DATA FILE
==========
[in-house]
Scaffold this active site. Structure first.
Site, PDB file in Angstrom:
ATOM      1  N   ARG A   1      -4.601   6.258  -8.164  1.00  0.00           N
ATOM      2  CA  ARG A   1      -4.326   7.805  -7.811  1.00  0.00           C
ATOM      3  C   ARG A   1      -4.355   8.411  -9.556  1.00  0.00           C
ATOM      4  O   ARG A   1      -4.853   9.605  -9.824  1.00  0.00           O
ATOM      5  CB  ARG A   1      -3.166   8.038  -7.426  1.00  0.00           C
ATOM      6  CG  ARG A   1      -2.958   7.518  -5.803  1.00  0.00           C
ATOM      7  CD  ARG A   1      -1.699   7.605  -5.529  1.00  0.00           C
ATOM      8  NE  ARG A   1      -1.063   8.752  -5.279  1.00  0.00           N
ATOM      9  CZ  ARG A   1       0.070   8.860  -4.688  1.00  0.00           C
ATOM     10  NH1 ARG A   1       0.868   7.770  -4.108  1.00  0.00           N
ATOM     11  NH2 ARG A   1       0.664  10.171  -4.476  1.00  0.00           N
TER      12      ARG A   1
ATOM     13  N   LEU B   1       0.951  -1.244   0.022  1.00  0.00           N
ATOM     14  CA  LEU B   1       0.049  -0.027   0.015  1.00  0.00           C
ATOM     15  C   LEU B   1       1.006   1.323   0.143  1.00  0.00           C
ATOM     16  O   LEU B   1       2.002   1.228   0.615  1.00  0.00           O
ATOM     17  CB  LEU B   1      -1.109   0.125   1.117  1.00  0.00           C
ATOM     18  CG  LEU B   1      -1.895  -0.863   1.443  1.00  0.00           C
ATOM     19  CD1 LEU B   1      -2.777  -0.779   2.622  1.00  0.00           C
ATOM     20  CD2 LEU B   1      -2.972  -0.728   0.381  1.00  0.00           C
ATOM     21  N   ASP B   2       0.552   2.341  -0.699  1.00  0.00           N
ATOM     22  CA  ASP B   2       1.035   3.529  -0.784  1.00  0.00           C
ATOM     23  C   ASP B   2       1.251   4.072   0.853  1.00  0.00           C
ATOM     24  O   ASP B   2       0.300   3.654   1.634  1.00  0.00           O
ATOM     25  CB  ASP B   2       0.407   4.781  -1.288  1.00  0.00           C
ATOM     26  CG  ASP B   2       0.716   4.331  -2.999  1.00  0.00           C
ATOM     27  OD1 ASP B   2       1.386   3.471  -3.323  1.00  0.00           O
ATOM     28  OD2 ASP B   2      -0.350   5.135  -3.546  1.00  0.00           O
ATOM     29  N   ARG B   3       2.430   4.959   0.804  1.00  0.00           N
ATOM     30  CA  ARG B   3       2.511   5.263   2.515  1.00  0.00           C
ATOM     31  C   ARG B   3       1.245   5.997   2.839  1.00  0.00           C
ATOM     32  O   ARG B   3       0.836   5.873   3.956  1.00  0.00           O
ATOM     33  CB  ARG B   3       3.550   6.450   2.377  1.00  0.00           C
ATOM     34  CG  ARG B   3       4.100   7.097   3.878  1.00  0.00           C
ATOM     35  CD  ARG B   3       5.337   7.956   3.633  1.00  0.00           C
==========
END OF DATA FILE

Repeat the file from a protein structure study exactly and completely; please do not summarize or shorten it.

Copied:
[in-house]
Scaffold this active site. Structure first.
Site, PDB file in Angstrom:
ATOM      1  N   ARG A   1      -4.601   6.258  -8.164  1.00  0.00           N
ATOM      2  CA  ARG A   1      -4.326   7.805  -7.811  1.00  0.00           C
ATOM      3  C   ARG A   1      -4.355   8.411  -9.556  1.00  0.00           C
ATOM      4  O   ARG A   1      -4.853   9.605  -9.824  1.00  0.00           O
ATOM      5  CB  ARG A   1      -3.166   8.038  -7.426  1.00  0.00           C
ATOM      6  CG  ARG A   1      -2.958   7.518  -5.803  1.00  0.00           C
ATOM      7  CD  ARG A   1      -1.699   7.605  -5.529  1.00  0.00           C
ATOM      8  NE  ARG A   1      -1.063   8.752  -5.279  1.00  0.00           N
ATOM      9  CZ  ARG A   1       0.070   8.860  -4.688  1.00  0.00           C
ATOM     10  NH1 ARG A   1       0.868   7.770  -4.108  1.00  0.00           N
ATOM     11  NH2 ARG A   1       0.664  10.171  -4.476  1.00  0.00           N
TER      12      ARG A   1
ATOM     13  N   LEU B   1       0.951  -1.244   0.022  1.00  0.00           N
ATOM     14  CA  LEU B   1       0.049  -0.027   0.015  1.00  0.00           C
ATOM     15  C   LEU B   1       1.006   1.323   0.143  1.00  0.00           C
ATOM     16  O   LEU B   1       2.002   1.228   0.615  1.00  0.00           O
ATOM     17  CB  LEU B   1      -1.109   0.125   1.117  1.00  0.00           C
ATOM     18  CG  LEU B   1      -1.895  -0.863   1.443  1.00  0.00           C
ATOM     19  CD1 LEU B   1      -2.777  -0.779   2.622  1.00  0.00           C
ATOM     20  CD2 LEU B   1      -2.972  -0.728   0.381  1.00  0.00           C
ATOM     21  N   ASP B   2       0.552   2.341  -0.699  1.00  0.00           N
ATOM     22  CA  ASP B   2       1.035   3.529  -0.784  1.00  0.00           C
ATOM     23  C   ASP B   2       1.251   4.072   0.853  1.00  0.00           C
ATOM     24  O   ASP B   2       0.300   3.654   1.634  1.00  0.00           O
ATOM     25  CB  ASP B   2       0.407   4.781  -1.288  1.00  0.00           C
ATOM     26  CG  ASP B   2       0.716   4.331  -2.999  1.00  0.00           C
ATOM     27  OD1 ASP B   2       1.386   3.471  -3.323  1.00  0.00           O
ATOM     28  OD2 ASP B   2      -0.350   5.135  -3.546  1.00  0.00           O
ATOM     29  N   ARG B   3       2.430   4.959   0.804  1.00  0.00           N
ATOM     30  CA  ARG B   3       2.511   5.263   2.515  1.00  0.00           C
ATOM     31  C   ARG B   3       1.245   5.997   2.839  1.00  0.00           C
ATOM     32  O   ARG B   3       0.836   5.873   3.956  1.00  0.00           O
ATOM     33  CB  ARG B   3       3.550   6.450   2.377  1.00  0.00           C
ATOM     34  CG  ARG B   3       4.100   7.097   3.878  1.00  0.00           C
ATOM     35  CD  ARG B   3       5.337   7.956   3.633  1.00  0.00           C